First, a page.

This is obviously the first decision that needs to be made. It is dependent upon each situation and every camera operator's individual preferences.

But before we get any further, I must preface with this...

I recommend that camera operators stand as much as possible.

Live production can be fast-paced and require quick actions. Simply put, acting quickly can be difficult to do while seated. I see considerably more mistakes and sloppy camerawork from operators that sit compared to operators that stand.

However...

Sitting can obviously make sense for slower-paced environments and camera positions that require limited movement, especially during longer events. For example, tight and loose follow cameras for corporate, house of worship, and concert events.

It is also a good idea to have a seating option available even if the operator chooses not to use it during production.

No matter what, though, if seating is an option then a proper solution should be provided.

Ergonomics

This is, by far, the aspect I see most ignored in production environments. It is common to find situations where operators are asked to operate cameras with viewfinders and controls way too high, causing uncomfortable neck, shoulder, and arm ergonomics.

Do your operators, and yourself, a favor and take the time to get this right. An ergonomic and comfortable position, whether standing or seated, is important and benefits everyone involved.

Operating a camera is similar to standing or sitting at a computer and has many of the same ergonomic requirements:

  • The top of the viewfinder monitor should be at eye level
  • Arms and shoulders should be relaxed
  • Elbows should bend as close to 90º as possible
  • Forearms should be parallel to the floor
  • Wrists should be relaxed, but remain straight
  • Back should be straight and reclined between 5º and 15º

Additionally, when sitting:

  • Hips should be as far back in the chair as possible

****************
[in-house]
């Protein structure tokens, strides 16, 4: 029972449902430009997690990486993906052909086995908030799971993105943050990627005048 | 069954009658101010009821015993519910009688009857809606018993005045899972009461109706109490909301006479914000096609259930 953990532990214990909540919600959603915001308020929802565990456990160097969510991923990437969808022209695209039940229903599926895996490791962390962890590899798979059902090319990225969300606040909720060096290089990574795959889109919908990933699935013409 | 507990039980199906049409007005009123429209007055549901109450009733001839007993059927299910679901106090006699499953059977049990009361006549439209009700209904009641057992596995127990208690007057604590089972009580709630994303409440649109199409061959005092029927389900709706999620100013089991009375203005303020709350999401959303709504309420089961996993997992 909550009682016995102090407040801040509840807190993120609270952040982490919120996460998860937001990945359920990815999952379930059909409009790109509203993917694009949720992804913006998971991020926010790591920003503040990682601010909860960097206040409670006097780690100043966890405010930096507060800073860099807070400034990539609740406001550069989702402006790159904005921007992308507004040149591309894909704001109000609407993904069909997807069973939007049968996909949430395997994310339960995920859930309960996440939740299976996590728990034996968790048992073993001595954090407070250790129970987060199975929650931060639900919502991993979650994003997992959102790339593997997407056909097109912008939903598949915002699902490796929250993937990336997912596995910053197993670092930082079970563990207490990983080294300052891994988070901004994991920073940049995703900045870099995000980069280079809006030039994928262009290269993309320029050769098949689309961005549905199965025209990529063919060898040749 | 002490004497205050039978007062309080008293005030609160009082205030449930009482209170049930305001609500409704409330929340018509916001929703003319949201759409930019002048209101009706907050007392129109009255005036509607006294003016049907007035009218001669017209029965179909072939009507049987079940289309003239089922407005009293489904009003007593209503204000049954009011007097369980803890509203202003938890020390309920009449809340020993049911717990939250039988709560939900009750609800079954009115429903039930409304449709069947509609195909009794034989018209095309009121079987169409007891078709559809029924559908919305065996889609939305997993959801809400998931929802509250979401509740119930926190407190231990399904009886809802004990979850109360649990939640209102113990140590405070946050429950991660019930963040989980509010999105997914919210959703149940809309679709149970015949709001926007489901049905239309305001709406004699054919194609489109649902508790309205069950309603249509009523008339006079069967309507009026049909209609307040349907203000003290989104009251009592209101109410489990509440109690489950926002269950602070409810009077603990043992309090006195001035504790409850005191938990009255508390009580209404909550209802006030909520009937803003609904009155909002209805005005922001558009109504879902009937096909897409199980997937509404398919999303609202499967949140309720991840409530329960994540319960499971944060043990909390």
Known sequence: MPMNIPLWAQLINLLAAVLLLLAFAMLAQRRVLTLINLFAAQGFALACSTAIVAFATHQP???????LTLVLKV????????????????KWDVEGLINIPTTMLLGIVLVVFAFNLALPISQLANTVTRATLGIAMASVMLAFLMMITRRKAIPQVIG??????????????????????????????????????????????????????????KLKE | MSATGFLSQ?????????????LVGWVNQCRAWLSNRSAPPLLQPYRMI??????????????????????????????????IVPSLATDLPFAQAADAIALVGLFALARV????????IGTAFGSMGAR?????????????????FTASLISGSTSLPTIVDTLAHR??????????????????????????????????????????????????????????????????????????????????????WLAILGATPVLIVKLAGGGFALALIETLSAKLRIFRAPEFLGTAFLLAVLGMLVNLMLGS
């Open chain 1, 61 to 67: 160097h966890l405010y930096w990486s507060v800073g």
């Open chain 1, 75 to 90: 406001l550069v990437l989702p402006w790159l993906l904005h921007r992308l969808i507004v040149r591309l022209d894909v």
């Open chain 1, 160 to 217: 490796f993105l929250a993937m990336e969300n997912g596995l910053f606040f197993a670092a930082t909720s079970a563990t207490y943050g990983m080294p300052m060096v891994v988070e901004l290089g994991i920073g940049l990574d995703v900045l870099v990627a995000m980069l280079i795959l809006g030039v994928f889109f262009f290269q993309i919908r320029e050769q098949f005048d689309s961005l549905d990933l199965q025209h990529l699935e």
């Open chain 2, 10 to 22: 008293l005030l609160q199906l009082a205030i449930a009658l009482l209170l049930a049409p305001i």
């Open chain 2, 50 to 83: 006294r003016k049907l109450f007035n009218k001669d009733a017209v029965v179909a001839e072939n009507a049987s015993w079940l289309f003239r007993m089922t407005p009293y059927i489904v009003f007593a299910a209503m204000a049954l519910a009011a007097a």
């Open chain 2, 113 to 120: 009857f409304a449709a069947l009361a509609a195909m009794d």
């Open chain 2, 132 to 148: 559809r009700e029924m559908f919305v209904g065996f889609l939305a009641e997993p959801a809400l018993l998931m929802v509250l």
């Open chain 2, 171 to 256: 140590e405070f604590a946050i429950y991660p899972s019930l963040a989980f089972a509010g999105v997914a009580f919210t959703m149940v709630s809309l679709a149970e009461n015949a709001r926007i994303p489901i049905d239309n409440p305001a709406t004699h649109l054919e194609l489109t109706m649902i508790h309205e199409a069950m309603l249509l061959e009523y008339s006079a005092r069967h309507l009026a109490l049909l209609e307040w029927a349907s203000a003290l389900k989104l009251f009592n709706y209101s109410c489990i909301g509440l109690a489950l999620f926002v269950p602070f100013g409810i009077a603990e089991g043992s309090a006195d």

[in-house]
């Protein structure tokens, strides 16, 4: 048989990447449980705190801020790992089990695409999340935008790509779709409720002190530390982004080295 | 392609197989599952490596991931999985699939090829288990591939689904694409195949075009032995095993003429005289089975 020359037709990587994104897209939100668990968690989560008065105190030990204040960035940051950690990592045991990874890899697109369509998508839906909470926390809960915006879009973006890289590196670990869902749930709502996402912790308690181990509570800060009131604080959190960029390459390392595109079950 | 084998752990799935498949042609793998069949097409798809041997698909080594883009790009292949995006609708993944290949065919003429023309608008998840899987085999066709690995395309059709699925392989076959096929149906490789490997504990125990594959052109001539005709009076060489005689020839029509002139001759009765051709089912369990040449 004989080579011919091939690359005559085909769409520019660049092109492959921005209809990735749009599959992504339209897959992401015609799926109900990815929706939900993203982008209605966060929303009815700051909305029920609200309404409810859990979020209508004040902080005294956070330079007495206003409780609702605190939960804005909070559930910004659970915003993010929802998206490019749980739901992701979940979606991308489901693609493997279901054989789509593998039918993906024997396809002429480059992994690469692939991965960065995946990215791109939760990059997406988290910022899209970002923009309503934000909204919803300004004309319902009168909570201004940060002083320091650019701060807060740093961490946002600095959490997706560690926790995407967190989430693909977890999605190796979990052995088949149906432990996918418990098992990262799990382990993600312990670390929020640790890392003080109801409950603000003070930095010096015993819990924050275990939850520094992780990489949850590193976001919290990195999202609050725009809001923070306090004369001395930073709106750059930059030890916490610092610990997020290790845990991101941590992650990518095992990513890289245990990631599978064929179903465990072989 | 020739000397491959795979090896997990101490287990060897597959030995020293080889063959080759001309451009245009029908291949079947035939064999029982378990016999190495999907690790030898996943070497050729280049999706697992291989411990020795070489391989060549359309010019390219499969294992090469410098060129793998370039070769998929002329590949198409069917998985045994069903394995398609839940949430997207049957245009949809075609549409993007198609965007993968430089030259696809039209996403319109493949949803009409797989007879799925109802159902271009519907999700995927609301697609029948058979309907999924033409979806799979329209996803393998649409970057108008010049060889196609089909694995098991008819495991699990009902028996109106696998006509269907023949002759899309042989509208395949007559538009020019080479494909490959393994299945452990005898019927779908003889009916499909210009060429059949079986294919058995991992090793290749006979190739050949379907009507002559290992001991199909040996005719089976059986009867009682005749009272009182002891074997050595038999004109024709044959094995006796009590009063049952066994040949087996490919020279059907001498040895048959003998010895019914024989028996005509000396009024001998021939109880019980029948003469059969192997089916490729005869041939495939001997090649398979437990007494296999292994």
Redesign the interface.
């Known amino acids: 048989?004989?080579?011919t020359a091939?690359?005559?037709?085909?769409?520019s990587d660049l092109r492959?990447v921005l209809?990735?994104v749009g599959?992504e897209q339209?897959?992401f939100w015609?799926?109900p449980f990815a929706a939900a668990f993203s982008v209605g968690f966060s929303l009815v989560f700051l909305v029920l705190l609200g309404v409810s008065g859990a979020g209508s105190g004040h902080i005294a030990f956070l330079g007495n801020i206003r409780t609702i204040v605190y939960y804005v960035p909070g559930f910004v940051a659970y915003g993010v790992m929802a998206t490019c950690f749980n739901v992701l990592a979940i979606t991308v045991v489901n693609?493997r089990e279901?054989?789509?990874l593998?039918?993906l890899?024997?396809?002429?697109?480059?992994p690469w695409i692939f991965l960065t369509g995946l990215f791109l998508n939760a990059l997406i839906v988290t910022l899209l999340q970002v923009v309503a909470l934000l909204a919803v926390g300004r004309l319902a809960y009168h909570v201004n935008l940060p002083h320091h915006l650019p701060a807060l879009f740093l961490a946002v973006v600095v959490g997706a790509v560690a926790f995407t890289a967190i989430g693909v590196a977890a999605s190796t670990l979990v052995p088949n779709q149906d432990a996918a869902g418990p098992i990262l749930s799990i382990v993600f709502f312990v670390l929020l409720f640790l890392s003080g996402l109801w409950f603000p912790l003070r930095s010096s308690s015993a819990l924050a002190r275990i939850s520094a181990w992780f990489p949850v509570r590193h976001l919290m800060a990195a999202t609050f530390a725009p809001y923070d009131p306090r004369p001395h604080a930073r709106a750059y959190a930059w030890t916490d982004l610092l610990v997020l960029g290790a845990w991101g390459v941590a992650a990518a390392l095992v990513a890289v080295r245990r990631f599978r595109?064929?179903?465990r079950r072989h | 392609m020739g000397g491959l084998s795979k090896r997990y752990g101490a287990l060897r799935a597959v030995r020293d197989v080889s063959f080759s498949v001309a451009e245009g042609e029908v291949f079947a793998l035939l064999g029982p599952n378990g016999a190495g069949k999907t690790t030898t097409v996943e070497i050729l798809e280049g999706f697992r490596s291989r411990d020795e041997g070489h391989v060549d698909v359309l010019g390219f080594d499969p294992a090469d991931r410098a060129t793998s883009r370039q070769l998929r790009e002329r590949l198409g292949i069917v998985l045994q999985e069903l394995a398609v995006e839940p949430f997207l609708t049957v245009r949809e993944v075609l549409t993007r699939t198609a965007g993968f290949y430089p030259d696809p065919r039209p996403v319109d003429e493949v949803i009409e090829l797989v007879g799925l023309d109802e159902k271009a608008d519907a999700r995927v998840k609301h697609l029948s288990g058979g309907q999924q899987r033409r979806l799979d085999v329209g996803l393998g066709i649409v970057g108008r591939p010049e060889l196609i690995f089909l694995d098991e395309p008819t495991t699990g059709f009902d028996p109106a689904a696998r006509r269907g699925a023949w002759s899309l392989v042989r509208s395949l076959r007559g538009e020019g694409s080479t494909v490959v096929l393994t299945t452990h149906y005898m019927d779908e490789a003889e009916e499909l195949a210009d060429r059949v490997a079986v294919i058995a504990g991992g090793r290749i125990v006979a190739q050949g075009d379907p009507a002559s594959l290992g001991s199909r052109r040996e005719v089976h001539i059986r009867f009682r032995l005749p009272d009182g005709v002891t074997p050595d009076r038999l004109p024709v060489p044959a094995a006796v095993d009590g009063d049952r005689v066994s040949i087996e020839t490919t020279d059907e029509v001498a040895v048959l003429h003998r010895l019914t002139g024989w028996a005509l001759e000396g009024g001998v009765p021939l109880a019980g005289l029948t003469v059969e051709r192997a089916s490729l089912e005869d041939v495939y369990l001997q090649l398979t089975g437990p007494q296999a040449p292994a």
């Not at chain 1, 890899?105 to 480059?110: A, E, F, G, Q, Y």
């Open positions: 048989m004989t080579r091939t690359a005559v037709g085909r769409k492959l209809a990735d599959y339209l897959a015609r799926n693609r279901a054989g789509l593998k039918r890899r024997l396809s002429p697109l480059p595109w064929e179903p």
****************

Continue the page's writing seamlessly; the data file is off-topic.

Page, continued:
• Lower back should have support
  • Thighs should be parallel to the floor
  • Knees should bend as close to 90º as possible
  • Feet should be supported either by the floor or a footrest

Materials & Construction

All metal construction with welded joints is recommended, at least for the frame.

Any bolts, screws, and/or joints between two pieces of metal or wood can (and often will) come loose, potentially making noise and/or affecting durability and safety.

Swivel

Swivel should be avoided or, at a minimum, have the ability to be locked. This, in my opinion, is non-negotiable. Throughout my career this has been the top complaint from myself and fellow camera ops.

As an operator, nothing is more frustrating than having your chair or stool turn the opposite direction as you pan the camera.

It can especially be an issue for tight follow camera operators that are constantly panning back and forth, and can become more of an issue for shorter and lighter people.

Wheels

In most cases wheels and casters should be avoided, too. Not only for the same reasons as swivel, but also for safety.

You never want a chair to move on you accidentally or while you're moving the camera, especially on a platform where a wheel could roll off the edge and cause injuries.

Seat Height

Try to keep seat heights between 18 inches and 30 inches. Shorter chairs can get uncomfortable quickly and taller stools can become potentially unstable and unsafe.

While adjustable height seating is generally acceptable and necessary when different people operate the same camera, be aware that many adjustable height columns also swivel. If you need adjustable height then I recommend trying to find options that can adjust height without swiveling, or at least offer a locking swivel. There are also extra moving parts in adjustable cylinders that can wear out over time, so durability and reliability can be a concern as well.

Armrests

This is a bit of personal preference, at least for armrests that cannot be moved out of the way or removed completely. But it is still a hard pass, in my opinion

Even if armrests are in the perfect ergonomic position for operating the camera, it's rare for your arms to stay in that same position all the time. Think about how your arms will move when panning and, especially, tilting the camera. Operating a camera is not the same as typing on a static keyboard.